Whole Foods develops Premium Body Care standard to guide consumers
AUSTIN, Texas Looking to help beauty shoppers navigate the often confusing landscape of natural and organic personal care products, Whole Foods has developed a new Premium Body Care standard and labeling seal of approval.
“Personal care products are not regulated like food in this country so there are currently no consistent standards for them laid forth by any governing body. Customers have been bombarded with brands and products claiming to be ‘natural,’ which can be confusing,” stated Jeremiah McElwee, senior global Whole Body coordinator.
The new seal of approval can be found on nearly 1,200 products in the retailer’s Whole Body departments, which offers a selection of personal care items, nutritional supplements and vitamins. The seal identifies products that meet the Premium Body Care standard, meaning they do not contain ingredients such as parabens, polypropylene and polyethylene glycols, sodium lauryl and laureth sulfates. To develop the standard, Whole Foods worked with chemists and body care experts for more than two years, reviewing body care ingredients and labeling information.
A variety of the products in the Whole Body department already met the standard and will now include the new seal on its packaging.
Revlon’s 2007 performance best in years
NEW YORK Increased sales, restructuring efforts and cost control helped improve financial performance in 2007, according to Revlon president and chief executive officer David Kennedy.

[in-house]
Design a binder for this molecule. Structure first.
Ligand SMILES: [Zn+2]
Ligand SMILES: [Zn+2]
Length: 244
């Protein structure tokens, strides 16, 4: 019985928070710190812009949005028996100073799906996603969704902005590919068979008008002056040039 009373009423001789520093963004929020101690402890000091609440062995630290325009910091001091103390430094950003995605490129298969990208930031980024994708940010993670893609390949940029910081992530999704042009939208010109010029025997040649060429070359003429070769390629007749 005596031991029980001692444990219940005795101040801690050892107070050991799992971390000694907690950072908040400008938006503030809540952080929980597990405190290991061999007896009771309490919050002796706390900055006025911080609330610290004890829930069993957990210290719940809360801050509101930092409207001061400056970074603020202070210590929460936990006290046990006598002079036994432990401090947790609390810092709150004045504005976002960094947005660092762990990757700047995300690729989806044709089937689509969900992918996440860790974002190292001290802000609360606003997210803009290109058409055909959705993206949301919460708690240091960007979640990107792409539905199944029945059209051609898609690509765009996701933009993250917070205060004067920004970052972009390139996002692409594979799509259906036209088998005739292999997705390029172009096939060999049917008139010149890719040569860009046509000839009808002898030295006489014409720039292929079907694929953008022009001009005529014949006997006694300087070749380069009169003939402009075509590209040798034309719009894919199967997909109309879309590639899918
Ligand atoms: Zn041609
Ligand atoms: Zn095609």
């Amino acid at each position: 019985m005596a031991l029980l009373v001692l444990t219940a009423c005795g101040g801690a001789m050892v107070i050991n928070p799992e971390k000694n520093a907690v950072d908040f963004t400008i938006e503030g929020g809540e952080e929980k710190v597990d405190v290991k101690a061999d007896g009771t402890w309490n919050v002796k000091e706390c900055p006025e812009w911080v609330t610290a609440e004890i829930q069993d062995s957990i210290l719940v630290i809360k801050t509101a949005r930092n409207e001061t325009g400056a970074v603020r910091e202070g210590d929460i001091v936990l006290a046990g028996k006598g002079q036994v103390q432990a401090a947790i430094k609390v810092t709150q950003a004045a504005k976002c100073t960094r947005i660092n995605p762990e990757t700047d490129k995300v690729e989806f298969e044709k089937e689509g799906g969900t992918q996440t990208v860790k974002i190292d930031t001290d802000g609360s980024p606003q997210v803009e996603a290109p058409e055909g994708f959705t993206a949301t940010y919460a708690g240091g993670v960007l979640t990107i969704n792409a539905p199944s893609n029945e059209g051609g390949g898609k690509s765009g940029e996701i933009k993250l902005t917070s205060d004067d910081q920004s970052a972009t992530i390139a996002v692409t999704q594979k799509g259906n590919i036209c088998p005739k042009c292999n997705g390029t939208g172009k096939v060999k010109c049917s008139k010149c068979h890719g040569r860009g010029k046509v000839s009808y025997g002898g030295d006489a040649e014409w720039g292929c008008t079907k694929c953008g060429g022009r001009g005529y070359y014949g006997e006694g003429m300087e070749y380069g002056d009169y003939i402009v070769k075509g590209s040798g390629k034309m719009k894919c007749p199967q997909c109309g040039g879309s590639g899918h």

“We are executing our strategy and our financial results in 2007 were our best in many years. We generated $224.5 million in adjusted EBITDA and our negative free cash flow was $13.8 million,” stated Kennedy.
For full year 2007, sales rose 5.2 percent to $1.4 billion compared with $1.3 billion in the year-ago period. Net sales for the full year 2006 were reduced by $19.7 million from Vital Radiance, the discontinued cosmetics line geared toward women aged 50 and older.
In the United States, sales for the year rose 5.1 percent to $804.2 million, compared with sales of $764.9 million in the year-ago period. Net sales in the United States for full year 2006 were reduced by $20.2 million from Vital Radiance.
Net loss for the year narrowed to $16.1 million, or 3 cents per share, compared with a net loss of $251.3 million, or 60 cents per share, in the year-ago period.
For the fourth quarter, the company swung to a profit. Net income totaled $40.8 million, or 8 cents per share, compared with a net loss of $5.5 million, or 1 cent per share, in the year-ago period. The current fourth quarter included restructuring expenses of $0.4 million. Last year’s quarter was unfavorably impacted by $20.8 million in restructuring and Vital Radiance-related expenses.
For 2008, the company is planning to introduce a new line up of products for Revlon and Almay color cosmetics.
FTC chairman to move to P&G
WASHINGTON Federal Trade Commission chairman Deborah Platt Majoras will become general counsel of Procter & Gamble, the FTC and P&G announced on Thursday.
The vacated position will likely be filled by William Kovacic, one of the two remaining Republicans on the commission, which also has one Democrat and one independent.
Before heading the FTC, Majoras was principal deputy assistant attorney general of the Department of Justice’s Antitrust Division and prior to her government service, was an antitrust partner with law firm Jones Day.
After nearly four years at the FTC, Majoras will begin work on June 1 as P&G’s vice president and general counsel based in Cincinnati, said company spokeswoman Robyn Schroeder.